Changes in the Hotel Industry

“Today,” says Mr Marriott, “guests check in, they go to their room, drop their stuff. Then they go back to the lobby and hang out with friends or work on their computer.”

As a result, lobby designs must now accommodate what he calls “this new desire to connect”. Take Courtyard, for example, one of the company’s cheaper brands. “In an old Courtyard hotel, two or three years ago, there was nothing going on in the lobby,” says Mr Marriott. “Today we have a bistro. And we have a lot of cubby places where people can get together.”

Bill Marriott has spent 60 years working for his family hotel group and talked to The Economist about how he’s seen the industry change. Besides making the lobby a more exciting place to hang out, Marriott says they’ve made desks smaller in hotel rooms to provide more space and because people just like working from bed. Also: guests don’t really use the closet and just grab things from their suitcases on the luggage rack.

The not unpacking of the suitcase is definitely true (for me at least). All of the hotels I’ve stayed at in the last two years were for weddings, and the main reasons for hanging out in the lobby were because it was the place that made the most sense to meet before heading out, and because they were always handing out free cookies. Suggestion to hotels: more free cookies, please.

Photo: Philip


13 Comments / Post A Comment

EvanDeSimone (#2,101)

It’s really interesting that they see a connection between the use of mobile technology and the need for more social spaces. That’s sort of counter-intuitive but also encouraging?

amglory89 (#3,588)

@EvanDeSimone ‘I fear the day that technology will surpass our human interaction. The world will have a generation of idiots.’ Einstein (or according to google, maybe not Einstein)

Stina (#686)

Advice to hotel chains: Never. get rid of the continental breakfast. That is my deciding factor when booking. This: is my personal favorite Key and Peele sketch because that is me.

erinep (#4,236)

@Stina bonus points if they have a “make your own” waffle station!

Mike Dang (#2)

@erinep Make your own waffles, yes!

@erinep If the ratty-bedspread, moldy-shower Travelodge I stayed at in April can have a make-your-own waffle station, every hotel should have one. Also, true story: my husband met a couple of lady bounty hunters at that waffle station. Mr. Marriott, take note: waffles bring people together!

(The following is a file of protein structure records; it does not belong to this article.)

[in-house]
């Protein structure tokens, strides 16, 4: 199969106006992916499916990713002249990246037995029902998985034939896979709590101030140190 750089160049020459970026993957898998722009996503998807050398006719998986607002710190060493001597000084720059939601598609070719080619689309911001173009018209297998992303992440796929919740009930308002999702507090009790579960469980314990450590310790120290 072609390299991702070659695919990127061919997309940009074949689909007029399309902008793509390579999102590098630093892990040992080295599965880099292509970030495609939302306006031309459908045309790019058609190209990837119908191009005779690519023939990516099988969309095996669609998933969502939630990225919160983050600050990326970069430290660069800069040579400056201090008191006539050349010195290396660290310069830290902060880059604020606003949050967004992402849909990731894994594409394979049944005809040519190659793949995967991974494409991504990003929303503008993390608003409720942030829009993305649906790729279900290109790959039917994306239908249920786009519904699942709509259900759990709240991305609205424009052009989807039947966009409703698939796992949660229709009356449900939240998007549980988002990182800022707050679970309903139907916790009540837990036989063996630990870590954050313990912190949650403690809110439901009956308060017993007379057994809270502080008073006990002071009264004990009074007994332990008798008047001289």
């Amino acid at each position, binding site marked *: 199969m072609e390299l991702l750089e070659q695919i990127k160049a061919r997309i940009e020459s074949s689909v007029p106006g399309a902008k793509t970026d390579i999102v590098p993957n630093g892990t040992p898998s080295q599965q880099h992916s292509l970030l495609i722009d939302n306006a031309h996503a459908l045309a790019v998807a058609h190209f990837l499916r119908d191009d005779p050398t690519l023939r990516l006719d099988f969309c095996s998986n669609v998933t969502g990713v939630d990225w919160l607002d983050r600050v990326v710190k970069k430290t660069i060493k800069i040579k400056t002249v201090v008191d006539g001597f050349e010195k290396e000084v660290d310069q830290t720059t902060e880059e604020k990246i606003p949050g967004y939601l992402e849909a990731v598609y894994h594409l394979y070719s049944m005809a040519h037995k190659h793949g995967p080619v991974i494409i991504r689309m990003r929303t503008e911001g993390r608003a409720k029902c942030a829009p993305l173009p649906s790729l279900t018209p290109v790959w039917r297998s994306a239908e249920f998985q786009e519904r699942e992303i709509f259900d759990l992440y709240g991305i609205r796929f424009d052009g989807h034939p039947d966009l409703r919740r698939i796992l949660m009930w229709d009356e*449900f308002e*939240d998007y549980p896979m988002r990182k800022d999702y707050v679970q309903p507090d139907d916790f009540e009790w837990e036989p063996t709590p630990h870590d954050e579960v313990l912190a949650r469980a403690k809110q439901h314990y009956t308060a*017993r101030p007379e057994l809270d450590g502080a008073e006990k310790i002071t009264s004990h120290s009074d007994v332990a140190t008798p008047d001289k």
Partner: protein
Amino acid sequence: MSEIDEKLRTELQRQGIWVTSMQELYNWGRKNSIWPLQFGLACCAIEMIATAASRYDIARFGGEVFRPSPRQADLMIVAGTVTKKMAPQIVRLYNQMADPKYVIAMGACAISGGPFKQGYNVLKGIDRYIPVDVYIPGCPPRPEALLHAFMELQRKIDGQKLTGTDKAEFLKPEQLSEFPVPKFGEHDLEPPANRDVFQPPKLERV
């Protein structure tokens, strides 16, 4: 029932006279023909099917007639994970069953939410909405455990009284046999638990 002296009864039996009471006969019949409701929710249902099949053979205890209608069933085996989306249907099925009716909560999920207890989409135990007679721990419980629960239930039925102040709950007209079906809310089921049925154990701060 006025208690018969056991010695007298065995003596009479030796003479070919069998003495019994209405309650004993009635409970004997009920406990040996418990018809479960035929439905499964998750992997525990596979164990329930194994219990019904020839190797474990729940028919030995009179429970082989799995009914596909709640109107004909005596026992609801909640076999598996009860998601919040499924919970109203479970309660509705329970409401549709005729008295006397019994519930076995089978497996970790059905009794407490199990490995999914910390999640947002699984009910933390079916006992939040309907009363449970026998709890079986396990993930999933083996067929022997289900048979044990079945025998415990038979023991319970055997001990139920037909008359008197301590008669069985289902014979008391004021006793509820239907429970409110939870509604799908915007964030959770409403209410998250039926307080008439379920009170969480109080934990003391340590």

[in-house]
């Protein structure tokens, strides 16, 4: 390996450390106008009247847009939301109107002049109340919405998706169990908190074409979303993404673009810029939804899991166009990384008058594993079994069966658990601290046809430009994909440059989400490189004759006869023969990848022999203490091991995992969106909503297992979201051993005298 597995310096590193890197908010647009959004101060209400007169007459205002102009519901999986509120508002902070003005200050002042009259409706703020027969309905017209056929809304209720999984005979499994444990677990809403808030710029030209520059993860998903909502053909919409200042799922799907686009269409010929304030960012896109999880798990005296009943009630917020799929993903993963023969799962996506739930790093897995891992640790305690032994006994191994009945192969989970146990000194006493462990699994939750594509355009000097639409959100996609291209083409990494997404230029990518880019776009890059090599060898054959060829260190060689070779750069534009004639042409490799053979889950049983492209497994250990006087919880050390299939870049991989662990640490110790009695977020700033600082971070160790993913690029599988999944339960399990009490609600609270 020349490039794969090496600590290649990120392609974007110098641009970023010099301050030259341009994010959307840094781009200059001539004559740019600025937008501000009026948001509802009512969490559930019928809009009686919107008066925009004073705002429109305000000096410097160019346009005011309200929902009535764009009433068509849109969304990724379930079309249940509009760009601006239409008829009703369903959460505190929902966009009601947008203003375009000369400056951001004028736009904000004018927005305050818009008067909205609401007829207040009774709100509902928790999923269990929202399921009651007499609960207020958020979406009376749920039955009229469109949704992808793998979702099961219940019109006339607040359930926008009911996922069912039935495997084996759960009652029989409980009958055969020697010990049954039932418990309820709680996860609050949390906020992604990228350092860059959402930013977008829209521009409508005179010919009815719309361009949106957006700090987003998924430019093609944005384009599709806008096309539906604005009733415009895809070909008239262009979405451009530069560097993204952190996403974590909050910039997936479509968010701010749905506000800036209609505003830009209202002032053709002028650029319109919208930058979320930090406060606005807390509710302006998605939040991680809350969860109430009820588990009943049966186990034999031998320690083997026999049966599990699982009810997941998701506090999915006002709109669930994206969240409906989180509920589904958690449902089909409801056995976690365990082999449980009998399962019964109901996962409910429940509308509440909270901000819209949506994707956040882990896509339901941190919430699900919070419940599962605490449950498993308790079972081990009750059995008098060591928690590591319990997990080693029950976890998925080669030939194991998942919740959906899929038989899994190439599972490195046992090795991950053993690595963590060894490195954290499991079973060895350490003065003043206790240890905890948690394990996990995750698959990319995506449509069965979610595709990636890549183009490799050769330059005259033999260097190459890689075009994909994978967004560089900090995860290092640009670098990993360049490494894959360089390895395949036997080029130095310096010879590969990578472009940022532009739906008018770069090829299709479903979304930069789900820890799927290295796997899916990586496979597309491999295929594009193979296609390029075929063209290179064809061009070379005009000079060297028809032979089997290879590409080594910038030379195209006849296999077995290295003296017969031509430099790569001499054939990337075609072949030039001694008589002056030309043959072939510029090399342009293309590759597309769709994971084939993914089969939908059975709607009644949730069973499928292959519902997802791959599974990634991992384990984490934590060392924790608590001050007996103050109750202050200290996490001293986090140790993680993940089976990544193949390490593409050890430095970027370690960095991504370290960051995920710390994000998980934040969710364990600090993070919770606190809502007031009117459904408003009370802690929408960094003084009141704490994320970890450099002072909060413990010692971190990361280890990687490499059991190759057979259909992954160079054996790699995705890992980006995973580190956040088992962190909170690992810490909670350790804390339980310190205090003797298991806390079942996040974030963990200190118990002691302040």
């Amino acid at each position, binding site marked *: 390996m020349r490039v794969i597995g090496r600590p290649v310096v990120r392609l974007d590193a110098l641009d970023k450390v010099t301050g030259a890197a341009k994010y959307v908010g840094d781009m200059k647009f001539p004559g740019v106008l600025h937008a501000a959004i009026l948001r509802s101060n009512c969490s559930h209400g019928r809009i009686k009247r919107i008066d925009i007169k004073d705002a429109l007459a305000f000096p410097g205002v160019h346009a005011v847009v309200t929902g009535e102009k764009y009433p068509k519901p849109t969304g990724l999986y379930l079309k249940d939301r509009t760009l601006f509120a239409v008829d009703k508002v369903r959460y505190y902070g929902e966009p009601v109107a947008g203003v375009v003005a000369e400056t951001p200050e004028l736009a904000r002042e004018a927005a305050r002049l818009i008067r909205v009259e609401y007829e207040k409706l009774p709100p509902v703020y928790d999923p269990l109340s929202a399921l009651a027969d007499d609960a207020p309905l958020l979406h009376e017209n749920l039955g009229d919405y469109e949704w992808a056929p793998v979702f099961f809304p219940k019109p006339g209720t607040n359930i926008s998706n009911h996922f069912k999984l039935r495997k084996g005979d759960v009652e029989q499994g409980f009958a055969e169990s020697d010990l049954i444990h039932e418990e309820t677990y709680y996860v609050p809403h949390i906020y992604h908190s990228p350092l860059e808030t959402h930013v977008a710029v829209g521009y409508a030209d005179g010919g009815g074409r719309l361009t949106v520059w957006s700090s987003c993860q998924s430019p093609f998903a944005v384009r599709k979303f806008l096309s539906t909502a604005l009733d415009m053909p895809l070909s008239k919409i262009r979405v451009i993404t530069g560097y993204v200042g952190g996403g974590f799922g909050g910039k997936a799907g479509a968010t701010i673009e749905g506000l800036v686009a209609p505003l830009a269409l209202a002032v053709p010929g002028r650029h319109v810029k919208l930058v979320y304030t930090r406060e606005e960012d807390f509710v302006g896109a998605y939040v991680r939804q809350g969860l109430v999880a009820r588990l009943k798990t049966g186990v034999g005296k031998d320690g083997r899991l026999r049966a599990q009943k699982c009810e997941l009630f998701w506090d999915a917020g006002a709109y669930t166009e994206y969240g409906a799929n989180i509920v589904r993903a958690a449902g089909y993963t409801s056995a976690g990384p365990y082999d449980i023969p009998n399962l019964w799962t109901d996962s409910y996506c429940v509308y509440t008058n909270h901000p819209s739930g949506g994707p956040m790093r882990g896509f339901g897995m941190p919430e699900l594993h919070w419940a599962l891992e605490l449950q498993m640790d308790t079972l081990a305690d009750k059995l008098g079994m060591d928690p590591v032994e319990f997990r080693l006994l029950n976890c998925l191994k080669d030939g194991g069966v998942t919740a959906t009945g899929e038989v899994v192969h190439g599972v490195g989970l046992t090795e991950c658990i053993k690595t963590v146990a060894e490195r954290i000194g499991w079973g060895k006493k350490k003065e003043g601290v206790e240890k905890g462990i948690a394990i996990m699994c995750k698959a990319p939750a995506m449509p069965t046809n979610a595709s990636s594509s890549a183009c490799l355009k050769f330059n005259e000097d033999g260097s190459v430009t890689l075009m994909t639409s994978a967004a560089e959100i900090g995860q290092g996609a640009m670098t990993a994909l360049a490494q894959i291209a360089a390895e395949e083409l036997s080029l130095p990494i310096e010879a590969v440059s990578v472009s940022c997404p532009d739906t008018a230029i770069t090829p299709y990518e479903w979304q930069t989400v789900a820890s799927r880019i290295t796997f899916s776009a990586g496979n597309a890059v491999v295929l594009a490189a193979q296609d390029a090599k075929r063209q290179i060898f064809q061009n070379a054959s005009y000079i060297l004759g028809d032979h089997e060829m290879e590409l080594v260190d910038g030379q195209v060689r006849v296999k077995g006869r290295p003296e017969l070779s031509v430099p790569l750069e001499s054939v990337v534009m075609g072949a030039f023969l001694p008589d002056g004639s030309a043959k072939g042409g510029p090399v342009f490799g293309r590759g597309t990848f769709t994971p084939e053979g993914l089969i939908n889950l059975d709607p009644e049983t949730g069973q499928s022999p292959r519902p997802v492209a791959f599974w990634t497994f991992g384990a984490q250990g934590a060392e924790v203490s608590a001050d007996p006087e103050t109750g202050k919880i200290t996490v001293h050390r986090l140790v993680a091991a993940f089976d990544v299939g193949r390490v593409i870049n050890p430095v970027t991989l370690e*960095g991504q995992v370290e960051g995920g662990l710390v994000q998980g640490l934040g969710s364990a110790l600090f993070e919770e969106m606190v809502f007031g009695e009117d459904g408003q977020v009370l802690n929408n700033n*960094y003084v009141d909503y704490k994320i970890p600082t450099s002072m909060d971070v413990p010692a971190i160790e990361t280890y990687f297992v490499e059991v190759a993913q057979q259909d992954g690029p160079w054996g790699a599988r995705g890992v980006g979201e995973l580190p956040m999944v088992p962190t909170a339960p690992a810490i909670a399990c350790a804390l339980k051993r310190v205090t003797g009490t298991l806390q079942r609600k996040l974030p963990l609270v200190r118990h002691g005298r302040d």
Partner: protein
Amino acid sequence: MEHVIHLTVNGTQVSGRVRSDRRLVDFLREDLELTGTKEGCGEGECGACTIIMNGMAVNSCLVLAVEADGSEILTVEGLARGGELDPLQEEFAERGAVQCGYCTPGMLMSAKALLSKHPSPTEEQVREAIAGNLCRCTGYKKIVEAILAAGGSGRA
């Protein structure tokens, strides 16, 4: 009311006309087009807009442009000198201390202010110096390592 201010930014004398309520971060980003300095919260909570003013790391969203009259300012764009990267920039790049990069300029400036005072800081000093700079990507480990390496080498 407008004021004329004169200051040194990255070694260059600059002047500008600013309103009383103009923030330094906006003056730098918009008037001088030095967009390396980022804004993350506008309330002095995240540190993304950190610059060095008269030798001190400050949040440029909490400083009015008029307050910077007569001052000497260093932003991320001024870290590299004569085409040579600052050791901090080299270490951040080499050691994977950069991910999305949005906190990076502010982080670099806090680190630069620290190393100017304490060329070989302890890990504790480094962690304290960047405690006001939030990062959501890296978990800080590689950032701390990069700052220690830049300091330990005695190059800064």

Stina (#686)

@erinep @MikeDang @cuminafterall
InDEED. Indeed.

Along the lines of smaller closets, I’ve also noticed that hotels don’t include dressers or tables with drawers (I’m blanking on what that piece of furniture is actually called). And a lot more hotels have (perhaps in place of a breakfast?) a happy hour in the lobby with free drinks.

Caitlin with a C (#3,578)

@missedconnections Ummm… where are these hotels with free drinks? The best I have ever seen are free cookies.

loren smith (#2,300)

@Caitlin with a C I have had free drinks at smaller, more “indie” hotels. Unfortunately never the same hotels that have the waffle station.

Noooooo don’t take away my closet space! As a lady traveling for business, I need my clothes to look pressed and ready to go-I need a closet! However, the one thing I really need that hotels rarely provide is a coat hook next to the door-I don’t want to hang my coat that probably smells of smoke and pizza in with all my fancy clothes.

As an aside: the last place I stayed was the Trump. BALLER. When work pays.

swirrlygrrl (#2,398)

@Jake Reinhardt AGREED! Unless I am staying for literally one night, I unpack – dresses get hung so the wrinkles come out, shoes get lined up, undies and tshirt and things get put in drawers. Part of this is, now that I am a carry-on only traveller most times, a duffel bag is not particularly conducive to living out of. Another part is that, for my job, I have on occassion had to stay in hotels for 6 weeks at a time. I need drawers and a closet for that – no question.

Fig. 1 (#632)

Unpack? Hang clothes? Use the desk?? I have been doing hotels wrong, it seems. I don’t even unpack at my relatives’ houses.

I feel like I’ve discovered forks after spending a third of my life eating with my fingers.

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